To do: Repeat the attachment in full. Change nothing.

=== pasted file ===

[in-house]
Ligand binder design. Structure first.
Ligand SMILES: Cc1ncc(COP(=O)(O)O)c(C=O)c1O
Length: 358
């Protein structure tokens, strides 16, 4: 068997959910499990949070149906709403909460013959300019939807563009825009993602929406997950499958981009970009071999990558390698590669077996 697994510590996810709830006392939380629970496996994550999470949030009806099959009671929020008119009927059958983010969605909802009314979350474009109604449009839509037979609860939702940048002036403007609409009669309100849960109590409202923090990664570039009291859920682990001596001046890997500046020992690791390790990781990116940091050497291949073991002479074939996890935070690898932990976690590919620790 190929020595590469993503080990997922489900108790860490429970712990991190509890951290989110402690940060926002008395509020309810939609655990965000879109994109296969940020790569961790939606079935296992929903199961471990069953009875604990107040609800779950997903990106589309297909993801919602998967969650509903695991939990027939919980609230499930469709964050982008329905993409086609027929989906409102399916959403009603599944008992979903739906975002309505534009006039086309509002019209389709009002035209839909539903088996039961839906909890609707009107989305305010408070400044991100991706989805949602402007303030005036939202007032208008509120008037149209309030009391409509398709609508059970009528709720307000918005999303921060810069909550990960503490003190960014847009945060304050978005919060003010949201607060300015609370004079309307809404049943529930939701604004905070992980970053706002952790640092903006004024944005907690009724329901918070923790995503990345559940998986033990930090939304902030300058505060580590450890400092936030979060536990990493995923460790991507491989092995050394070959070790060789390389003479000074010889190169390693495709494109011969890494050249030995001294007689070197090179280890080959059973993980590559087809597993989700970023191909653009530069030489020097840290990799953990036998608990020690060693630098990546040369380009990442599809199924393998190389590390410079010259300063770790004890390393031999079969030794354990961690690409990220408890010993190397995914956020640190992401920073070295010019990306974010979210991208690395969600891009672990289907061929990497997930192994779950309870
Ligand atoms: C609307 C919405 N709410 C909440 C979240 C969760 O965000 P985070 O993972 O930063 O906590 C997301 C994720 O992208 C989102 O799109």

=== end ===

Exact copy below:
[in-house]
Ligand binder design. Structure first.
Ligand SMILES: Cc1ncc(COP(=O)(O)O)c(C=O)c1O
Length: 358
């Protein structure tokens, strides 16, 4: 068997959910499990949070149906709403909460013959300019939807563009825009993602929406997950499958981009970009071999990558390698590669077996 697994510590996810709830006392939380629970496996994550999470949030009806099959009671929020008119009927059958983010969605909802009314979350474009109604449009839509037979609860939702940048002036403007609409009669309100849960109590409202923090990664570039009291859920682990001596001046890997500046020992690791390790990781990116940091050497291949073991002479074939996890935070690898932990976690590919620790 190929020595590469993503080990997922489900108790860490429970712990991190509890951290989110402690940060926002008395509020309810939609655990965000879109994109296969940020790569961790939606079935296992929903199961471990069953009875604990107040609800779950997903990106589309297909993801919602998967969650509903695991939990027939919980609230499930469709964050982008329905993409086609027929989906409102399916959403009603599944008992979903739906975002309505534009006039086309509002019209389709009002035209839909539903088996039961839906909890609707009107989305305010408070400044991100991706989805949602402007303030005036939202007032208008509120008037149209309030009391409509398709609508059970009528709720307000918005999303921060810069909550990960503490003190960014847009945060304050978005919060003010949201607060300015609370004079309307809404049943529930939701604004905070992980970053706002952790640092903006004024944005907690009724329901918070923790995503990345559940998986033990930090939304902030300058505060580590450890400092936030979060536990990493995923460790991507491989092995050394070959070790060789390389003479000074010889190169390693495709494109011969890494050249030995001294007689070197090179280890080959059973993980590559087809597993989700970023191909653009530069030489020097840290990799953990036998608990020690060693630098990546040369380009990442599809199924393998190389590390410079010259300063770790004890390393031999079969030794354990961690690409990220408890010993190397995914956020640190992401920073070295010019990306974010979210991208690395969600891009672990289907061929990497997930192994779950309870
Ligand atoms: C609307 C919405 N709410 C909440 C979240 C969760 O965000 P985070 O993972 O930063 O906590 C997301 C994720 O992208 C989102 O799109």